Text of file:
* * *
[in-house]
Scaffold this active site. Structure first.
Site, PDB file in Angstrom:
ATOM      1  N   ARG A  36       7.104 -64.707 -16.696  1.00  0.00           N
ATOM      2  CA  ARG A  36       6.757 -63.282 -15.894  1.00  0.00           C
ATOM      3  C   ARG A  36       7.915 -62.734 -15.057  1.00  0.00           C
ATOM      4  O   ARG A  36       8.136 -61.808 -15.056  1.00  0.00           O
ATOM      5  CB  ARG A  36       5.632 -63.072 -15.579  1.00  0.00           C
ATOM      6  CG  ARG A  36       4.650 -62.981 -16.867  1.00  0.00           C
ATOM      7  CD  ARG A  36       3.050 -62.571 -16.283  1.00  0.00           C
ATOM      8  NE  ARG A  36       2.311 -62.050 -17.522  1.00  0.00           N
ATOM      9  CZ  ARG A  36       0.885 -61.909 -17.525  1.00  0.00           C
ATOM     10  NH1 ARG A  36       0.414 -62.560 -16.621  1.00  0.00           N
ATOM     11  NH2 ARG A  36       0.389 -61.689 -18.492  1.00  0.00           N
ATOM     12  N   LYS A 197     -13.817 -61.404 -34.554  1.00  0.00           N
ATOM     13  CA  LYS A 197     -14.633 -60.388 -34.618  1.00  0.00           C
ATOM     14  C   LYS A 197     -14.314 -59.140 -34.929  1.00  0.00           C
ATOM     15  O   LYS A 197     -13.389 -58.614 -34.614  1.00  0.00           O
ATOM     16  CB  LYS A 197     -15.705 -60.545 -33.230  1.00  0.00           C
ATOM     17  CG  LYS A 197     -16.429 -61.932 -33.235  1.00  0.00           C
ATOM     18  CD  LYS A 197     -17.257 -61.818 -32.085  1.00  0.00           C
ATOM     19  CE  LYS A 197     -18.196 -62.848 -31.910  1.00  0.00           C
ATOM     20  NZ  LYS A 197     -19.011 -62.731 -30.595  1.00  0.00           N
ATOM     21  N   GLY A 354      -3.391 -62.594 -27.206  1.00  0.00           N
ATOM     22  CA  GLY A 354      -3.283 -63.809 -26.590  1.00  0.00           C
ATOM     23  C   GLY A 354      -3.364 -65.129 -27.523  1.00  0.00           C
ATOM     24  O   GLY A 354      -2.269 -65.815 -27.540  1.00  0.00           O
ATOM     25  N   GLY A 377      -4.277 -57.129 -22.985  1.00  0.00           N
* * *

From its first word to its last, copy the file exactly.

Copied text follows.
[in-house]
Scaffold this active site. Structure first.
Site, PDB file in Angstrom:
ATOM      1  N   ARG A  36       7.104 -64.707 -16.696  1.00  0.00           N
ATOM      2  CA  ARG A  36       6.757 -63.282 -15.894  1.00  0.00           C
ATOM      3  C   ARG A  36       7.915 -62.734 -15.057  1.00  0.00           C
ATOM      4  O   ARG A  36       8.136 -61.808 -15.056  1.00  0.00           O
ATOM      5  CB  ARG A  36       5.632 -63.072 -15.579  1.00  0.00           C
ATOM      6  CG  ARG A  36       4.650 -62.981 -16.867  1.00  0.00           C
ATOM      7  CD  ARG A  36       3.050 -62.571 -16.283  1.00  0.00           C
ATOM      8  NE  ARG A  36       2.311 -62.050 -17.522  1.00  0.00           N
ATOM      9  CZ  ARG A  36       0.885 -61.909 -17.525  1.00  0.00           C
ATOM     10  NH1 ARG A  36       0.414 -62.560 -16.621  1.00  0.00           N
ATOM     11  NH2 ARG A  36       0.389 -61.689 -18.492  1.00  0.00           N
ATOM     12  N   LYS A 197     -13.817 -61.404 -34.554  1.00  0.00           N
ATOM     13  CA  LYS A 197     -14.633 -60.388 -34.618  1.00  0.00           C
ATOM     14  C   LYS A 197     -14.314 -59.140 -34.929  1.00  0.00           C
ATOM     15  O   LYS A 197     -13.389 -58.614 -34.614  1.00  0.00           O
ATOM     16  CB  LYS A 197     -15.705 -60.545 -33.230  1.00  0.00           C
ATOM     17  CG  LYS A 197     -16.429 -61.932 -33.235  1.00  0.00           C
ATOM     18  CD  LYS A 197     -17.257 -61.818 -32.085  1.00  0.00           C
ATOM     19  CE  LYS A 197     -18.196 -62.848 -31.910  1.00  0.00           C
ATOM     20  NZ  LYS A 197     -19.011 -62.731 -30.595  1.00  0.00           N
ATOM     21  N   GLY A 354      -3.391 -62.594 -27.206  1.00  0.00           N
ATOM     22  CA  GLY A 354      -3.283 -63.809 -26.590  1.00  0.00           C
ATOM     23  C   GLY A 354      -3.364 -65.129 -27.523  1.00  0.00           C
ATOM     24  O   GLY A 354      -2.269 -65.815 -27.540  1.00  0.00           O
ATOM     25  N   GLY A 377      -4.277 -57.129 -22.985  1.00  0.00           N